According to PetSure, Australia’s largest pet insurance underwriter, claims for obesity related conditions in pets, such as diabetes, heat intolerance and glucose intolerance have soared by 100 per cent over the last five years.

Pet owners are being urged to tackle the obesity epidemic that is facing almost half of Aussie pets.

Senior Veterinarian Dr Oliver Conradi commented on this growing issue, saying that the reason for the increase was due to the “humanisation of pets”.

“Along with all these related conditions such as diabetes and associated conditions like joint disorders, there is a body of evidence to suggest that fit and lean dogs have a significant increase in their median lifespan and a significant delay in the onset of chronic disease,” he explained.

“One of the reasons claims are increasing is the humanisation of pets. This means pet owners are increasingly treating their fur babies like little humans, which reflects the wonderful bond they have, but this treatment can extend to their pet’s diet and the quantity of food they eat.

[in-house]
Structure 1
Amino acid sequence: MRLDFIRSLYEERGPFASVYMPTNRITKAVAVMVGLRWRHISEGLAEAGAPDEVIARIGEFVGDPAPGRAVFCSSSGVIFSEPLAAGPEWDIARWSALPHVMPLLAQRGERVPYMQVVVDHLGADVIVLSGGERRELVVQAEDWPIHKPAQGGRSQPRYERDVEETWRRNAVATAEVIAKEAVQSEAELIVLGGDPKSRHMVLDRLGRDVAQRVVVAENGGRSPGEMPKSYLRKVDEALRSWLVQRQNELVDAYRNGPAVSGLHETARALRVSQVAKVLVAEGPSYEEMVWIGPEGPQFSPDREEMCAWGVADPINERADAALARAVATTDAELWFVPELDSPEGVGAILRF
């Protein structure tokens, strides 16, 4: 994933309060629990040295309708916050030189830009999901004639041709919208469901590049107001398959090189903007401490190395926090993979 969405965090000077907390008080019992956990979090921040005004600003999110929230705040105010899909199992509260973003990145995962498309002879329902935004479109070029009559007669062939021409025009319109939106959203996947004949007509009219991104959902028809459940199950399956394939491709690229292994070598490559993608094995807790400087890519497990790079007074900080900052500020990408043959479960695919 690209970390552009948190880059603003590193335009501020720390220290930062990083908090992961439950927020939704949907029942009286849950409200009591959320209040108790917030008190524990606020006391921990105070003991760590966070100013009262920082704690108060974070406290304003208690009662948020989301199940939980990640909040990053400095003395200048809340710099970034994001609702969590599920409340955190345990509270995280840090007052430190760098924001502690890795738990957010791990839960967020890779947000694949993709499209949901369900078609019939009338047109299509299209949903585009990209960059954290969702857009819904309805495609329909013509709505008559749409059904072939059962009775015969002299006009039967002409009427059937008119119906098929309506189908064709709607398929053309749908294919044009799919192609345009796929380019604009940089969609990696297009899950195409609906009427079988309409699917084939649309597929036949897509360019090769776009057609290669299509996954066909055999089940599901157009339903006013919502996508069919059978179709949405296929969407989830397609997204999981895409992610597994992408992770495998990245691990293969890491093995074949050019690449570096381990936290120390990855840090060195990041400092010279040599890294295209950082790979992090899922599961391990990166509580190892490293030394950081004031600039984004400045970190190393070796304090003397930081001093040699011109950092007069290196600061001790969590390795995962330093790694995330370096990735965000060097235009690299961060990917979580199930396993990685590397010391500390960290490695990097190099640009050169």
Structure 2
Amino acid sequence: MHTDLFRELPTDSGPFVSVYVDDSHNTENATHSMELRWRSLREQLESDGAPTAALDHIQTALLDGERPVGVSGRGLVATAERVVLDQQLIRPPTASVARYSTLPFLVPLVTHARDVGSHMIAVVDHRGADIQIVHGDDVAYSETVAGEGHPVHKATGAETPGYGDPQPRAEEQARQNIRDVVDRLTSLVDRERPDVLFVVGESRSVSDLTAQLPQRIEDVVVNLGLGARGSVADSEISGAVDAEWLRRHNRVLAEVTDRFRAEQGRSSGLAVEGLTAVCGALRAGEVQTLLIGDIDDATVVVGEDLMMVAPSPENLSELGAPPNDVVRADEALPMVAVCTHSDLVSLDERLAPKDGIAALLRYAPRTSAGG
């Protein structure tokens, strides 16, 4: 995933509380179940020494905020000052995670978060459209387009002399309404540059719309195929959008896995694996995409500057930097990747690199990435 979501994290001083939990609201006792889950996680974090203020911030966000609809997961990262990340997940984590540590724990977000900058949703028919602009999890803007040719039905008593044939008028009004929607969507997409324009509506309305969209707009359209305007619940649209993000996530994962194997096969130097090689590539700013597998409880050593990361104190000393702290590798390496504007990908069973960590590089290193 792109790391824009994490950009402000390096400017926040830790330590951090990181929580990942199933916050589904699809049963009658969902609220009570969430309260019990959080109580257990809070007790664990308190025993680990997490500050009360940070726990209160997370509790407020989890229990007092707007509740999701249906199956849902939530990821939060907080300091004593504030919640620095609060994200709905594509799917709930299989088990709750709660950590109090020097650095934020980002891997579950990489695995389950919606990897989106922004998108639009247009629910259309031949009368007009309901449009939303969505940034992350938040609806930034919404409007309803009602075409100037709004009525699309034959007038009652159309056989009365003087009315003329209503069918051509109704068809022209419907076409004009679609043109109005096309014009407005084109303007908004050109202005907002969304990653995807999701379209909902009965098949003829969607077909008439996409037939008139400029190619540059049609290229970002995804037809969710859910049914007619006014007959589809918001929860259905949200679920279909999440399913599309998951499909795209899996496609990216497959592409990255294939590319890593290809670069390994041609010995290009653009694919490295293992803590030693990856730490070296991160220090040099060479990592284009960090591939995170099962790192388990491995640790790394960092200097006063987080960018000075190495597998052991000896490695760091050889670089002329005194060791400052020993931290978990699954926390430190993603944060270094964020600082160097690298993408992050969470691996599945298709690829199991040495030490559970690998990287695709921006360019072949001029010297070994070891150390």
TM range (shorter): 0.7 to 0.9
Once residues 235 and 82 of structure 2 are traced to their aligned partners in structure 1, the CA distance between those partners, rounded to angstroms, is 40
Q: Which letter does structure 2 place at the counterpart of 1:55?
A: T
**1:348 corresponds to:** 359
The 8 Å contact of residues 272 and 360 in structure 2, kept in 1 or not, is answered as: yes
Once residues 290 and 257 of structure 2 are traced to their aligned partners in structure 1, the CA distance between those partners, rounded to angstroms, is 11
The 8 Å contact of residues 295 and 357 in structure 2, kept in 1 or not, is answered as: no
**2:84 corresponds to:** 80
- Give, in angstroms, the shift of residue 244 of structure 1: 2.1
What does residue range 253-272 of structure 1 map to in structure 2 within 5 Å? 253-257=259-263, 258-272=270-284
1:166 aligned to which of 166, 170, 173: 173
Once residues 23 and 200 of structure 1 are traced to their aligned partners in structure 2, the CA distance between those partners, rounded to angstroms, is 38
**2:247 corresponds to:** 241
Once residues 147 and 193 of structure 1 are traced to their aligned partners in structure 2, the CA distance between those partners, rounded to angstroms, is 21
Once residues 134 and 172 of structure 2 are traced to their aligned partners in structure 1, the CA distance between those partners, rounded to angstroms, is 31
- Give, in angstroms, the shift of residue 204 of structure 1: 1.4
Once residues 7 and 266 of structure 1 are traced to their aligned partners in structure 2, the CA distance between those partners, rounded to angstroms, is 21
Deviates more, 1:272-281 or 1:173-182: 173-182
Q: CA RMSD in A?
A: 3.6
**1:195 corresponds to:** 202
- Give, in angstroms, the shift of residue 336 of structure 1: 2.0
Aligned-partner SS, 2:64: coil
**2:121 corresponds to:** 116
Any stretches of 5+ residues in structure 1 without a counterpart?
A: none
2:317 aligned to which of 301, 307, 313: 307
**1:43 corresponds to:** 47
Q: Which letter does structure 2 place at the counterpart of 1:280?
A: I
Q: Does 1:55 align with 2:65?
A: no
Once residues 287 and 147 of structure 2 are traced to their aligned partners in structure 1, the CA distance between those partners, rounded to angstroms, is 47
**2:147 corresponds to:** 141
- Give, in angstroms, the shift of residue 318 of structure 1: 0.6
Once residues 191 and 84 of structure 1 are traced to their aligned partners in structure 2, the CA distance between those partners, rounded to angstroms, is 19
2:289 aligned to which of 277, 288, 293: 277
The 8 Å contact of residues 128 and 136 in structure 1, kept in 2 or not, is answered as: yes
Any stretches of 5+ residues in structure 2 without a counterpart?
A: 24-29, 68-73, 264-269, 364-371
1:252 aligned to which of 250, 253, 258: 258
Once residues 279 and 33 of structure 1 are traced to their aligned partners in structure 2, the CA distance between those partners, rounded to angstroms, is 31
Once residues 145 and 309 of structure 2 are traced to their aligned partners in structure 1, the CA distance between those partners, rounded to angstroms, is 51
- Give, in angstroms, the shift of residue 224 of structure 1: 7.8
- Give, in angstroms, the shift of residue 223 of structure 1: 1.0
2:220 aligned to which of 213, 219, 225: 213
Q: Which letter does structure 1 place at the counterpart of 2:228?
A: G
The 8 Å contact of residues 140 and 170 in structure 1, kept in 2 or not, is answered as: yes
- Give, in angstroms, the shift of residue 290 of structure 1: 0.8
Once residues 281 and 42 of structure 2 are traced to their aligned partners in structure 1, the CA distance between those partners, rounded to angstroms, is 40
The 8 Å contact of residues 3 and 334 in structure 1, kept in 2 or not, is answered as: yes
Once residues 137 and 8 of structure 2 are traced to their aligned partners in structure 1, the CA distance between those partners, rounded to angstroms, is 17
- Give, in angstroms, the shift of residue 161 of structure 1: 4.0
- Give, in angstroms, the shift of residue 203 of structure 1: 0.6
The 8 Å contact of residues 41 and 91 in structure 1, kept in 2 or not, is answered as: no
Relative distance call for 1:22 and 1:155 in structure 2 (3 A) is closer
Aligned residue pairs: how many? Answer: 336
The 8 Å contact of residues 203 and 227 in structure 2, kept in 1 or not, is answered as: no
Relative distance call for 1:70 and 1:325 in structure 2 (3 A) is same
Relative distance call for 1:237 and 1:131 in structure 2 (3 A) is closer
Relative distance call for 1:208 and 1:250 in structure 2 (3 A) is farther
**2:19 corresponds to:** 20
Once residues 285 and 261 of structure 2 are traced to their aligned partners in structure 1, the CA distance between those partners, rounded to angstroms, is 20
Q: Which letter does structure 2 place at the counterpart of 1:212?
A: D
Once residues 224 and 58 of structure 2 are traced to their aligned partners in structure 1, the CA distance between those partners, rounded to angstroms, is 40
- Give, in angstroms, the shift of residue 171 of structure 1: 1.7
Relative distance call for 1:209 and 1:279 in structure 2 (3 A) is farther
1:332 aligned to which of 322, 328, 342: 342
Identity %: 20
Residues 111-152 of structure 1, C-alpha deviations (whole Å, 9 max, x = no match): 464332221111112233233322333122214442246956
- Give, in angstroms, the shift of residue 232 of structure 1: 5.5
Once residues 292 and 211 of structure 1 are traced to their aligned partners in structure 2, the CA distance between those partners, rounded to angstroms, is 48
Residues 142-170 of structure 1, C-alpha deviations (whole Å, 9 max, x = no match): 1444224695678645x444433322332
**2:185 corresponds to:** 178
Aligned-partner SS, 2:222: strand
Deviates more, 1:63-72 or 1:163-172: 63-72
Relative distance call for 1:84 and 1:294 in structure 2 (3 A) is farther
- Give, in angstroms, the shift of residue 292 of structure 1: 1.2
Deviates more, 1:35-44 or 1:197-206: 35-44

“To manage obesity in dogs and cats, owners must avoid giving pets treats, particularly human food such as biscuits, chips or cheese. Even a small amount adds a lot of calories to their pet’s daily intake.”

Cats have a slightly higher incidence of diabetes than dogs, which is a significant indicator of obesity.

The two cat breeds most at risk of diabetes are the Australian Mist and the Abysssinian.

The six dog breeds most at risk of diabetes are:

  • Australian Terriers
  • Siberian Husky
  • Bichon Frise
  • Schnoodles
  • Maltese
  • Rottweilers

However, there are things you can do to help your furry friends lose some weight.

“Following the feeding guide on the packaging of pet food is an easy reference but for those pets already overweight, owners should speak to their vet about changing to a low calorie or weight loss diet,” Dr Conradi explained. 

“Vets will give owners advice such as avoiding bones and other fatty foods or replacing bones with carrots as a crunchy treat.”

Dr Conradi also recommended keeping a close eye on your pets in case they are still gaining weight despite a healthier diet.

“Although the vast majority of pets are obese because of their lifestyle, there are also some diseases that can cause obesity in dogs and cats. If people are concerned that their pet is gaining weight in spite of a healthy diet, they should chat to their vet.”

This article originally appeared on Over60.